|dc.description.abstract||HIV/AIDS is the biggest challenge facing humankind today and can no longer be
compared to other health disasters. One of the greatest challenges it presents is that of
nurturing healthy children to become competent, adaptive adults despite the numerous
negative effects of the pandemic. Of concern is the lack of interventions that address the
psychosocial needs of children affected by HIV/AIDS, poverty and violence. The present
research study aims to evaluate a group therapy programme that has been developed to
address this lack.
The therapy programme used in this study is embedded in Bronfenbrenner's (1979)
ecological model, which focuses on the interaction between person and environment.
The model proposes that this interaction is two directional and reciprocal. It also draws
on the literature concerning risk and resilience in children, which aims to understand
personal, familial and social factors that create and sustain resilience in children. Thus,
the programme aims to intervene on many levels and to give the children the opportunity
to deal with and gain mastery over their past experiences and feelings. In addition, it
aims to develop resilience, self-esteem and internal coping resources and enables them to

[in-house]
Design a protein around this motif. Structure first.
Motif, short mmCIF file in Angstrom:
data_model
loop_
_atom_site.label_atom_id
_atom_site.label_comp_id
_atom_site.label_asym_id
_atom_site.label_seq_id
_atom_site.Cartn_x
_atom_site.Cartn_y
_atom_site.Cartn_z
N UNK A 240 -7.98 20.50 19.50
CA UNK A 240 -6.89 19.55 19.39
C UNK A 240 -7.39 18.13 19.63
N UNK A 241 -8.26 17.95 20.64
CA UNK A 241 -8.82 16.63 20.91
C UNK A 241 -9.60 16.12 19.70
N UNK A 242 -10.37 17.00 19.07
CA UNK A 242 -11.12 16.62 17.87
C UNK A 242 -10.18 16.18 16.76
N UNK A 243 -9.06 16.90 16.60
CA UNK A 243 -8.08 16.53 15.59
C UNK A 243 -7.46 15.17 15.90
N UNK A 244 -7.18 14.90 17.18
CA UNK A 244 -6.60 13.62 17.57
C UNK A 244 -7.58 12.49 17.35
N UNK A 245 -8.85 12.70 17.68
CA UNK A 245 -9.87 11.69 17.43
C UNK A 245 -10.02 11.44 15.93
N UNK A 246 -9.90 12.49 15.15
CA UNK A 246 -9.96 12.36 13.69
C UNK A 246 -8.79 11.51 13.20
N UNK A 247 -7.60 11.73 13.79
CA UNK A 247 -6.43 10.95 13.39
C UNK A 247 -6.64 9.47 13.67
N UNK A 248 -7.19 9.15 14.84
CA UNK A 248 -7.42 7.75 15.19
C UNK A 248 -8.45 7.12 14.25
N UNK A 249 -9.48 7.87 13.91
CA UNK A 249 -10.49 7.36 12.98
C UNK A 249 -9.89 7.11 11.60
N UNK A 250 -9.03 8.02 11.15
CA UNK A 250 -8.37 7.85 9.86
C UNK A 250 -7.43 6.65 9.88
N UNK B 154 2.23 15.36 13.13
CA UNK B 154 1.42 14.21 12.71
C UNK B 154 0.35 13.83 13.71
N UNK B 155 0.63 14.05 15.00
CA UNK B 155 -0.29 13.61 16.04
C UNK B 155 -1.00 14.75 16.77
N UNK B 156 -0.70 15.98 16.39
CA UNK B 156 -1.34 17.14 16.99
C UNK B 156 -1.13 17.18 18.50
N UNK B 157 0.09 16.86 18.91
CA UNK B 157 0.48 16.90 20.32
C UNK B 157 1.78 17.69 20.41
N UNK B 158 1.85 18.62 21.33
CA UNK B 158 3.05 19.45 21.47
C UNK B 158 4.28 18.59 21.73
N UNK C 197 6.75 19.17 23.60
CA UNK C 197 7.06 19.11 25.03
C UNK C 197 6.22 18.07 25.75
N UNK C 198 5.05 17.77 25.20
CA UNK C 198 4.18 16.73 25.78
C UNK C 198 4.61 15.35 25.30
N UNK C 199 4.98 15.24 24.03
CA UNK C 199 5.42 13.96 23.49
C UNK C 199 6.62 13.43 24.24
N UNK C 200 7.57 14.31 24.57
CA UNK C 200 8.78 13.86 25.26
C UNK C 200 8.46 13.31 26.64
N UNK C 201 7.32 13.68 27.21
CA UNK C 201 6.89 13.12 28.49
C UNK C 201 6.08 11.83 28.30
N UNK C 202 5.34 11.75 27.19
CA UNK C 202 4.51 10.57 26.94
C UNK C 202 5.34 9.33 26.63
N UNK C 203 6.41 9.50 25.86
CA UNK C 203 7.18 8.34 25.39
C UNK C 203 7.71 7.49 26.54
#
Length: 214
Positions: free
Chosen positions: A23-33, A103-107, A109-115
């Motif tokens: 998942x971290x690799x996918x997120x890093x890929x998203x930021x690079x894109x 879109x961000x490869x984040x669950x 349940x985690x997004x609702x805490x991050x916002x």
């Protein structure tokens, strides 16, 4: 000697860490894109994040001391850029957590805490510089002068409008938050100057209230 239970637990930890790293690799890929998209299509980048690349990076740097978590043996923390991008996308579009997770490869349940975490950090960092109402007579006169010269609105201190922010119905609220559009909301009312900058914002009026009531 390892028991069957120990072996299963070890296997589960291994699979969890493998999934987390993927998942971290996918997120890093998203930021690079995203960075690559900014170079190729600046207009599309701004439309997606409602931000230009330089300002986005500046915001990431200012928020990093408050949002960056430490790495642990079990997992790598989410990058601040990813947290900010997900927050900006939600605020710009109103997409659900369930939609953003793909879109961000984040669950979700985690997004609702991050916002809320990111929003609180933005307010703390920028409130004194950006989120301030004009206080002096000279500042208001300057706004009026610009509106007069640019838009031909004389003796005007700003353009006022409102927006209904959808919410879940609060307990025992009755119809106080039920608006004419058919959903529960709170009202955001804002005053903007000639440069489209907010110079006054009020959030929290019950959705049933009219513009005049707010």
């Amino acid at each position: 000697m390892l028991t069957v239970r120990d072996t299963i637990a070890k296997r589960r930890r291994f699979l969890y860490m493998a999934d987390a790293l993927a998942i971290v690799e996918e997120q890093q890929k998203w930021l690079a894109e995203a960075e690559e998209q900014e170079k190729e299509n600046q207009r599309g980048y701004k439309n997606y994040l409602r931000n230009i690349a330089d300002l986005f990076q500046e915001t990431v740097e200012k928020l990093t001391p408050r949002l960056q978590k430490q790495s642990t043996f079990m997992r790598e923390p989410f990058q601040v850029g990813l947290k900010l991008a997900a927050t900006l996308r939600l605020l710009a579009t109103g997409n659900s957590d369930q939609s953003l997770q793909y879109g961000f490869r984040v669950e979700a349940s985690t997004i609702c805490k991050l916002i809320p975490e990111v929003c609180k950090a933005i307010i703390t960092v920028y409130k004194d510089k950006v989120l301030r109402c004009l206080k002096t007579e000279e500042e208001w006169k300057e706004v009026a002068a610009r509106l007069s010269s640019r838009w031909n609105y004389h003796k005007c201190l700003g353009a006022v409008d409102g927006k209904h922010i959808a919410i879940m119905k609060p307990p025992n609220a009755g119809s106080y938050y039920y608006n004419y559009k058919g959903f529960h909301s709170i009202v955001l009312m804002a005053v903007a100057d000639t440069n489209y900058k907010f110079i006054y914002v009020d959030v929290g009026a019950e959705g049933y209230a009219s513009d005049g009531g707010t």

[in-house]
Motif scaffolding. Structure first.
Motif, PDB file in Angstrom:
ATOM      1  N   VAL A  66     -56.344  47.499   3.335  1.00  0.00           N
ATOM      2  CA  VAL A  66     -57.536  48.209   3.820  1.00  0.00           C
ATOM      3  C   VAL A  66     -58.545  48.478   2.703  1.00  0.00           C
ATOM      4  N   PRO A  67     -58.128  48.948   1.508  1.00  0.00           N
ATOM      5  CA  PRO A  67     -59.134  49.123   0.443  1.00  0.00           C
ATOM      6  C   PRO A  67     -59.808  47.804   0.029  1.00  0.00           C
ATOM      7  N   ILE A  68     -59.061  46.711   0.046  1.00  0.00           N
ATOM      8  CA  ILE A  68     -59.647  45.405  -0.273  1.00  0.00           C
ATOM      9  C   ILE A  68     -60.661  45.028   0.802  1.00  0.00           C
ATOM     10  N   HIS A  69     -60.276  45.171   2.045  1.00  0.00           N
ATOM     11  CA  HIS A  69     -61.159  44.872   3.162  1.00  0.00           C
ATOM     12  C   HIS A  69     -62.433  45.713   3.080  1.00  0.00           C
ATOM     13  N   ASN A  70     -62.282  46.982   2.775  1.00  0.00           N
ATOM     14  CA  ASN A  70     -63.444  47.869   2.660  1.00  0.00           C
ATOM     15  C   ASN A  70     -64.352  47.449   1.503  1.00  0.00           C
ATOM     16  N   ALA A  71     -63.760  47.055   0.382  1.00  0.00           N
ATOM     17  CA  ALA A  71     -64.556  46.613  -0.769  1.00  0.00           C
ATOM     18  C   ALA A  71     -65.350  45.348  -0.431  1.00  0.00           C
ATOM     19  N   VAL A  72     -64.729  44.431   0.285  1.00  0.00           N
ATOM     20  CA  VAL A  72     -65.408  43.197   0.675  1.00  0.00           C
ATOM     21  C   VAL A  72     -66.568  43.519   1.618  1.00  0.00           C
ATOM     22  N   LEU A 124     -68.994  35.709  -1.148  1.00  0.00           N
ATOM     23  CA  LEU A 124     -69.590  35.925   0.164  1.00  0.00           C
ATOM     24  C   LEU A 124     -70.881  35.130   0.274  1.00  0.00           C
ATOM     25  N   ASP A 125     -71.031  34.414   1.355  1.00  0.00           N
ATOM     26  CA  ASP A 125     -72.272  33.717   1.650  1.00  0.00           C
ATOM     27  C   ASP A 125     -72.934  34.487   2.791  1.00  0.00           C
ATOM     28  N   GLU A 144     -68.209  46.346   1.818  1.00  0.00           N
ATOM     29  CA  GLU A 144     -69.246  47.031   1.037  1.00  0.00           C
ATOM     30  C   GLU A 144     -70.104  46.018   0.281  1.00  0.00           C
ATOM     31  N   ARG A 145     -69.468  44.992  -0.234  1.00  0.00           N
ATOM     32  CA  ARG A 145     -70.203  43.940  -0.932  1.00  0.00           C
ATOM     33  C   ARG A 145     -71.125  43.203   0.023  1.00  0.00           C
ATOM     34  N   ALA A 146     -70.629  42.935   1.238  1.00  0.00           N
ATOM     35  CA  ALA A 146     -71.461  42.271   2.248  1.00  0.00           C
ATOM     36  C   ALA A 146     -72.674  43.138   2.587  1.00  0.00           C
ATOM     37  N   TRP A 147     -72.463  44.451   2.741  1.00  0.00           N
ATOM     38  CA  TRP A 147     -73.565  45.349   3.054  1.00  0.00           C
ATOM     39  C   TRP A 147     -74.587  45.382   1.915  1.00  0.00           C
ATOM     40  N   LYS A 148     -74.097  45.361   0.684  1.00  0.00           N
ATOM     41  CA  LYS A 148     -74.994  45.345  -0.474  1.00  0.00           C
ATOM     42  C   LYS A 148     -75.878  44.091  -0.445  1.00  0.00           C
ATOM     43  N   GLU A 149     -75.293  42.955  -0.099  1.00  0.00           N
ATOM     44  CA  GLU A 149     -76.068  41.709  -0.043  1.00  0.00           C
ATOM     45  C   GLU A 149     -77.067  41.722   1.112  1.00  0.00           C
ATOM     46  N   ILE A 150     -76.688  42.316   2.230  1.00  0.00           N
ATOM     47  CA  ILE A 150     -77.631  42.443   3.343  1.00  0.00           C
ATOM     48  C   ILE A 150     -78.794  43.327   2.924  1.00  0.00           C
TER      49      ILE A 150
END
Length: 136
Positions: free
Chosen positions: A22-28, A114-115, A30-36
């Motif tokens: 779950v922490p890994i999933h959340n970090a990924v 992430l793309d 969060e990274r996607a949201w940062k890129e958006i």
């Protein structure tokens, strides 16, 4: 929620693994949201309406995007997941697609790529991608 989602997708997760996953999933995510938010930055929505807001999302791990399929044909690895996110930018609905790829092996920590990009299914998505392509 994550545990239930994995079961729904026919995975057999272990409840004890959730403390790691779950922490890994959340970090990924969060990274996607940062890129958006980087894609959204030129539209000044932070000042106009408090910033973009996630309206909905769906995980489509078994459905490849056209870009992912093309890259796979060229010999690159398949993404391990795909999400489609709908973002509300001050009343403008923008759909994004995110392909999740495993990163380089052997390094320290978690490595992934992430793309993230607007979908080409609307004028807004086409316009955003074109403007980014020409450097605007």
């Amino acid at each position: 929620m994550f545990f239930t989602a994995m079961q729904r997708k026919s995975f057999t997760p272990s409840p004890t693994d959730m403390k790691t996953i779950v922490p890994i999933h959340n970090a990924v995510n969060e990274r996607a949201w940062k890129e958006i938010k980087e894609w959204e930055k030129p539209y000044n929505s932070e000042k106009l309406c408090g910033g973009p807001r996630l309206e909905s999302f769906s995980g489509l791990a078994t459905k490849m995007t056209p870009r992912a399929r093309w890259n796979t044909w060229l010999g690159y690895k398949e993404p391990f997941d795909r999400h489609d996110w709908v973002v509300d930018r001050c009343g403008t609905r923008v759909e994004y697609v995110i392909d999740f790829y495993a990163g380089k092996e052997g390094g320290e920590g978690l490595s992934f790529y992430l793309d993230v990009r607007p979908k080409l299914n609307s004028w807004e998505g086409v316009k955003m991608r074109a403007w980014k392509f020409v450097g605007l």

access external support systems in the future.
In order to evaluate the programme, a sample of 43 vulnerable children was drawn from a peri-urban community in Pietermaritzburg, KwaZulu-Natal. The sample was randomly
divided into a control group and two experimental groups, that later merged into one
experimental group. Pre-test data was collected from all the participants in the form of a
questionnaire consisting of 4 quantitative tools: the Trauma Symptom Checklist for
Children (TSCC), the Culture Free Self Esteem Inventory (CFSEI), the Reynolds Child
Depression Scale (RCDS) and a Social Support Scale (SSS).
The group therapy programme, consisting of 15 sessions was then run with the
experimental group. The control group engaged in 15 sessions involving games, singing,
drawing and other activities. Post-test data using the same questionnaire was collected
from all the participants.
The data was analysed quantitatively. No statistically significant differences were noted
between any of the overall pre- and post-test data, except that of the TSCC. The
graphical representations of the results showed a reduction in trauma symptoms and
depression, and a raise in self-esteem, however the p-values were not significant. This is
thought to be the result of the small sample size. The result also indicated that the CFSEI
cannot be considered a reliable tool in this study.
This study emphasises the need for further research in the field of vulnerable children in
South Africa and the development, implementation and evaluation of interventions for